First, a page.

I was once perusing the forums on Aeclectic when I came across a thread that was asking which of the above versions of the RWS was the better. With almost no exception, every response was in favor of the Universal Waite, and a few of them were downright trashing the Radiant. Now, when I was reading these responses, I assumed “Universal” was referring to the Lo Scarabeo version of the RWS, which, in my opinion, is an awful rendition of these classic cards.* I was wrong, of course. They were referring to the much superior – yet similarly named – deck from US Games, but at the time, I was unaware of the existence of this version. I couldn’t understand why anyone would prefer the LS Universal RWS over the Radiant (also a US Games deck, by the way).
So I spoke up and defended the Radiant. Not long afterward, I realized my mistake, and felt a little foolish for jumping to conclusions and speaking out against a deck I’d never even seen. I didn’t really regret it, though, because I did (and still do) genuinely like the Radiant RWS.
But I can’t deny it: the Universal Waite is, overall, a nicer pack of cards.
After I figured out the difference between the Lo Scarabeo and US Games Universal decks, I decided to buy myself a copy of the latter, even though I already had one RWS in the form of the Radiant (I also have the mini rws, as well, but that’s neither here nor there). After all, the RWS is my favorite version of the Tarot, and I figured it couldn’t hurt to have an extra (normal-sized) copy in my library.
Now that I have both of them, I can compare and contrast and share my honest opinions here. They are both perfectly good RWS decks, but the Universal does ultimately beat the Radiant. That’s not to say the Radiant doesn’t have its merits, though, and I’ve made a list of some pros and cons for each below in case anyone reading this, like that poster on Aeclectic, is on the fence about which to buy.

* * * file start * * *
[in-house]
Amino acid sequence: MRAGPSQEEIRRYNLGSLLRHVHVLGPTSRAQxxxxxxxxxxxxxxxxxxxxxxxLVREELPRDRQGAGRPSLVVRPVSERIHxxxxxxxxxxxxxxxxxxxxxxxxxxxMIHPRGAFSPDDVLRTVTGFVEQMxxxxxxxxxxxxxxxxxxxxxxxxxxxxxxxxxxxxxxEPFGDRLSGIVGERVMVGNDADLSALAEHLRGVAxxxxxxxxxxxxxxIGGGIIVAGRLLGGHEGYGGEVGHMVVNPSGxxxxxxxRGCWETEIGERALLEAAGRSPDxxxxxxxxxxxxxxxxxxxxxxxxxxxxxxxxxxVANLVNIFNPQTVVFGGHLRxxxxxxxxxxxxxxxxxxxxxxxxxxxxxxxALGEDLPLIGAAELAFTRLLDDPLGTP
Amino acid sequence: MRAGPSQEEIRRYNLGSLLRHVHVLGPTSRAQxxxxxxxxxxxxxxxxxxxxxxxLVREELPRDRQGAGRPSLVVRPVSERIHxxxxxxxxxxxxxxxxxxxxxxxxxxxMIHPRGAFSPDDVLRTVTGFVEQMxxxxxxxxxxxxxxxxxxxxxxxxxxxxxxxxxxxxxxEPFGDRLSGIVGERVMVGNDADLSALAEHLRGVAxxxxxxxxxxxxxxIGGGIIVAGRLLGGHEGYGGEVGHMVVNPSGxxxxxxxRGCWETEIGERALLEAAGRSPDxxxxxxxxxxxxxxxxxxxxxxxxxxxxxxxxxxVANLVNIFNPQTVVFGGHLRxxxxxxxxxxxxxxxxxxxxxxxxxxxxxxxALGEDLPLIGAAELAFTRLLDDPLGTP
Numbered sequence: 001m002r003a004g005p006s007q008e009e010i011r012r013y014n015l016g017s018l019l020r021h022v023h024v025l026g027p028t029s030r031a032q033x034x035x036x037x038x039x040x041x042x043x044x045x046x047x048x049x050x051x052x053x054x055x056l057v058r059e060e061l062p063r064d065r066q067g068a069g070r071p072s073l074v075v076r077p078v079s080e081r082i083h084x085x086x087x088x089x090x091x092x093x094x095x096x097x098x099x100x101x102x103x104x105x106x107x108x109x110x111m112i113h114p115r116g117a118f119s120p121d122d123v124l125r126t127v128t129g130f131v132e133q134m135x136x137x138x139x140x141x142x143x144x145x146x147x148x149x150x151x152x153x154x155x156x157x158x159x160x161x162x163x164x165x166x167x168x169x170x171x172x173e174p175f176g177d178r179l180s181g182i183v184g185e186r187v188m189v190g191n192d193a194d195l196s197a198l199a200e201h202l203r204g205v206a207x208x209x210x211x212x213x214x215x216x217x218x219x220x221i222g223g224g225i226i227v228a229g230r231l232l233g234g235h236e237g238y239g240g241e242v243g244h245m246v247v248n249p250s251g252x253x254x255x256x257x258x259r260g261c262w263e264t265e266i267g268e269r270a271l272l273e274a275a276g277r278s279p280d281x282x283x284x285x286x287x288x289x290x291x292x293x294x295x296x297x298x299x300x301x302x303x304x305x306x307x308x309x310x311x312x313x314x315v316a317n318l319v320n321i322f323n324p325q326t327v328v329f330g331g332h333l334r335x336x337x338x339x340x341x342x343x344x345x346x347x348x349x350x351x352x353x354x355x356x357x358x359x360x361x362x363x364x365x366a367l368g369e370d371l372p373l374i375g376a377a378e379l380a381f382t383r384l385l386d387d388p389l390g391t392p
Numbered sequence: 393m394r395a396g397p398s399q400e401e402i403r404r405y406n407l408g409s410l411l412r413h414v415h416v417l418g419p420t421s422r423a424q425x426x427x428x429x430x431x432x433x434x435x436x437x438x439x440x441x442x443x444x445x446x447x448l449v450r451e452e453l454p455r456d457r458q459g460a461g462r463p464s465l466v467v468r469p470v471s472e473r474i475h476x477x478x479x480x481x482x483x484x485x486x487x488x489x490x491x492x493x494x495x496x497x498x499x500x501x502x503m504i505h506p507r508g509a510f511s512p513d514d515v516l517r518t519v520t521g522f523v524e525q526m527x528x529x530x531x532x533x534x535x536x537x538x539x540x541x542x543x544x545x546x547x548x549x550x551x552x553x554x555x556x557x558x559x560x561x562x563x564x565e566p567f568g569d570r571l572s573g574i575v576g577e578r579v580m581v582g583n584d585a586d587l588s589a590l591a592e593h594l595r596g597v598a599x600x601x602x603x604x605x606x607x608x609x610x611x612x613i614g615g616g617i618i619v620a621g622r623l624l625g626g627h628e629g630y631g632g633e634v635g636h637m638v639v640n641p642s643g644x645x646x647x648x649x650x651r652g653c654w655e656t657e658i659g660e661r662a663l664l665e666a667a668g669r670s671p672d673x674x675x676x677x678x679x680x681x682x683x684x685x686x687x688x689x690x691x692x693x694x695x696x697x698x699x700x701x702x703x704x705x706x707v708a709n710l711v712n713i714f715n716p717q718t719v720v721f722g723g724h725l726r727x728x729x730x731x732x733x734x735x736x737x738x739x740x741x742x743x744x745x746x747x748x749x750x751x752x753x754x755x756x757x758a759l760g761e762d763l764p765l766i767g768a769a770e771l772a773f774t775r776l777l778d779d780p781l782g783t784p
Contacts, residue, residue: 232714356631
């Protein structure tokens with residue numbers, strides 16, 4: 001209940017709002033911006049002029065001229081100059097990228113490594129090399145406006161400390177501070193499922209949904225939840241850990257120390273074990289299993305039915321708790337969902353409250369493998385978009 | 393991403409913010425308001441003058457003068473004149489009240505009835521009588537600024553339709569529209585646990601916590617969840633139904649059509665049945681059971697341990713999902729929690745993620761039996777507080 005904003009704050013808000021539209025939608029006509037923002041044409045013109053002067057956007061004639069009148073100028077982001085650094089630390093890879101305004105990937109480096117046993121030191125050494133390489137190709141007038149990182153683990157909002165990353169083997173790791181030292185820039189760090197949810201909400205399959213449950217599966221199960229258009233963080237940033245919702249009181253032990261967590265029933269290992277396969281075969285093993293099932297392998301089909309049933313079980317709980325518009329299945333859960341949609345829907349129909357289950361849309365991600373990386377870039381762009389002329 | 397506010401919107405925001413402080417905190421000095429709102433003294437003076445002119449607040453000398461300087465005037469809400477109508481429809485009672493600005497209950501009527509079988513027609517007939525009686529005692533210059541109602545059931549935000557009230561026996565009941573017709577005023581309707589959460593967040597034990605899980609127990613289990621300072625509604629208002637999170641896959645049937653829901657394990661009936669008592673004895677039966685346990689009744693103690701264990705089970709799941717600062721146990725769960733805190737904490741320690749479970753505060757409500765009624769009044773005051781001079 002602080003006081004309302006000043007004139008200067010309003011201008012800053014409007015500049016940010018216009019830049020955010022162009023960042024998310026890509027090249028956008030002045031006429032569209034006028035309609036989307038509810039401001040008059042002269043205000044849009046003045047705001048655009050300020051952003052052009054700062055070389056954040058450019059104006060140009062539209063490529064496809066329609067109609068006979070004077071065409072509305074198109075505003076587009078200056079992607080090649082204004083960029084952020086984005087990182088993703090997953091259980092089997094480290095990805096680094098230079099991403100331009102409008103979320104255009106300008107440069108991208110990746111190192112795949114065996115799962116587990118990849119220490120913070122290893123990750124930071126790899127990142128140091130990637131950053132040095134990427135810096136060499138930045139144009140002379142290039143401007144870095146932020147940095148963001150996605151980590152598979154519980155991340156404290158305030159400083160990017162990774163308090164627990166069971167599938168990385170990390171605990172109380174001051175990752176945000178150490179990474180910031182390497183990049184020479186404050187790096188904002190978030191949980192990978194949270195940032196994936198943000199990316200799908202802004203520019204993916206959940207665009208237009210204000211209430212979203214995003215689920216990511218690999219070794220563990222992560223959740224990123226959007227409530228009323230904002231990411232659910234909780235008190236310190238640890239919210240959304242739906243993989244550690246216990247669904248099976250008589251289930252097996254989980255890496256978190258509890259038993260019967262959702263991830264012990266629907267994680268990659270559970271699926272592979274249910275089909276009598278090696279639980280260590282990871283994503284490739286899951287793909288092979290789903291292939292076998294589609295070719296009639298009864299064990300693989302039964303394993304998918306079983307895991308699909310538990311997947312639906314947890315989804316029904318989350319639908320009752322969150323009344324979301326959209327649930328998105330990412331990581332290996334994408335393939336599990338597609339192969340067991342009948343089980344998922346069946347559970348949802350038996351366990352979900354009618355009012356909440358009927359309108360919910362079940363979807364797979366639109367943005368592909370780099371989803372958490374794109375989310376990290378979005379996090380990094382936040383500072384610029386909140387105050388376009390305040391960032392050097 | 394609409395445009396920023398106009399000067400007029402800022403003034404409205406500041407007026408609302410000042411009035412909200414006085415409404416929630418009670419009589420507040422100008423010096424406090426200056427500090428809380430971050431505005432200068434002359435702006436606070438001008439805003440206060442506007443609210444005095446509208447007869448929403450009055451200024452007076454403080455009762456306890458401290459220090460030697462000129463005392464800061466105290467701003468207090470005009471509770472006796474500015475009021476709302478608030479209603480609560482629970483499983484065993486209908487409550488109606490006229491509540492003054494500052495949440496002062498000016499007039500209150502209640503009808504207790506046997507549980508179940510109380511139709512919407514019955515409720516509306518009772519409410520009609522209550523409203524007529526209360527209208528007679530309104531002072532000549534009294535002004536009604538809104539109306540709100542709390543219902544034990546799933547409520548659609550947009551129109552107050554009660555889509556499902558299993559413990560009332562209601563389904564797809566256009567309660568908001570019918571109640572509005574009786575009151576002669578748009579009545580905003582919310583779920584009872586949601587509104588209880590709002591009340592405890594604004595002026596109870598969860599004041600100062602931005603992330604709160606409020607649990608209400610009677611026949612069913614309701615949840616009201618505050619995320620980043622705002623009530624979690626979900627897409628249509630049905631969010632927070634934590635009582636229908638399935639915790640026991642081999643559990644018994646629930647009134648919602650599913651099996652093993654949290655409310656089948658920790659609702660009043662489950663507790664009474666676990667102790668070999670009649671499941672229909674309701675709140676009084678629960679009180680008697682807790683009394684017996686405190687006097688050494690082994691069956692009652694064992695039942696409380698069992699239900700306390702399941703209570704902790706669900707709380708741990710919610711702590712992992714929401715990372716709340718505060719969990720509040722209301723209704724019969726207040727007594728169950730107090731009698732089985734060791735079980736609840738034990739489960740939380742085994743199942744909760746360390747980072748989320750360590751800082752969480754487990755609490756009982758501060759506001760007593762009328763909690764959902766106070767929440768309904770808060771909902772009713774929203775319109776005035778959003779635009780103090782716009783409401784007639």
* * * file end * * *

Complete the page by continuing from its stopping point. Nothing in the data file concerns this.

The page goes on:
~ More vibrant colors (kind of tough to tell with the Fool, in retrospect, but I don’t feel like taking pictures of different cards, so you’ll have to take my word for it)
~ Laminated cardstock is very sturdy, yet not too stiff
~ Not the original Smith artwork, but a (faithful enough) re-drawing
~ Some of the faces look kind of weird, almost like drawings of wax figures (not that Smith’s drawings are very realistic, but some of them do look a little more natural)
~ Laminated cardstock is high-gloss and doesn’t look quite as nice
~ Original Smith artwork (the only thing different about this one compared to the original RWS is the colors)
~ No glossy finish looks nicer, more organic
~ The backs of the cards are better (actually, they both have very cool starry-night designs, but of the two, the Universal is better done, I think, with the background being a darker shade and the stars having a metallic gold sheen, while the Radiant’s stars are just yellow)
~ Colors look a bit washed-out (although they are still nice, and the color is really a matter of personal preference, anyway)
~ Cardstock is less sturdy (although not terrible by any means), and no gloss means less protection
Here is my justification for having both in my own collection: the Universal, because it is nicer and has the original linework, is the pack I go to for studying and appreciating the art. I do read with it sometimes, but it never leaves my apartment. The Radiant, because it is sturdier, is my travel deck, and the one I can pass around among my friends without worry. They can be riffle-shuffled and will withstand at least some light beer-spillage (I can say so from experience), neither of which are things I would be comfortable doing with my Universal. In other words, the Radiant is my beater-pack, while I keep the Universal pretty and pristine for my collection.
Of course, if you’re still not sure which one you really want, you can always resort to the original Rider-Waite from US Games. There is really nothing wrong with that at all (although the backs of that one don’t have the stars which I find so appealing – it has the same boring pattern as the miniature version – see above photo).
In case you’re wondering, I never did go back to that forum to update my opinion on this matter. Since the Radiant was so overwhelmingly the least liked of the two, I figured I’d play Devil’s advocate and leave my positive review of it up there.
*Not to bash Lo Scarabeo as a brand. Many of their decks are beautiful (and I possess a few of them), but in my humble opinion, their “Universal” RWS is an eyesore.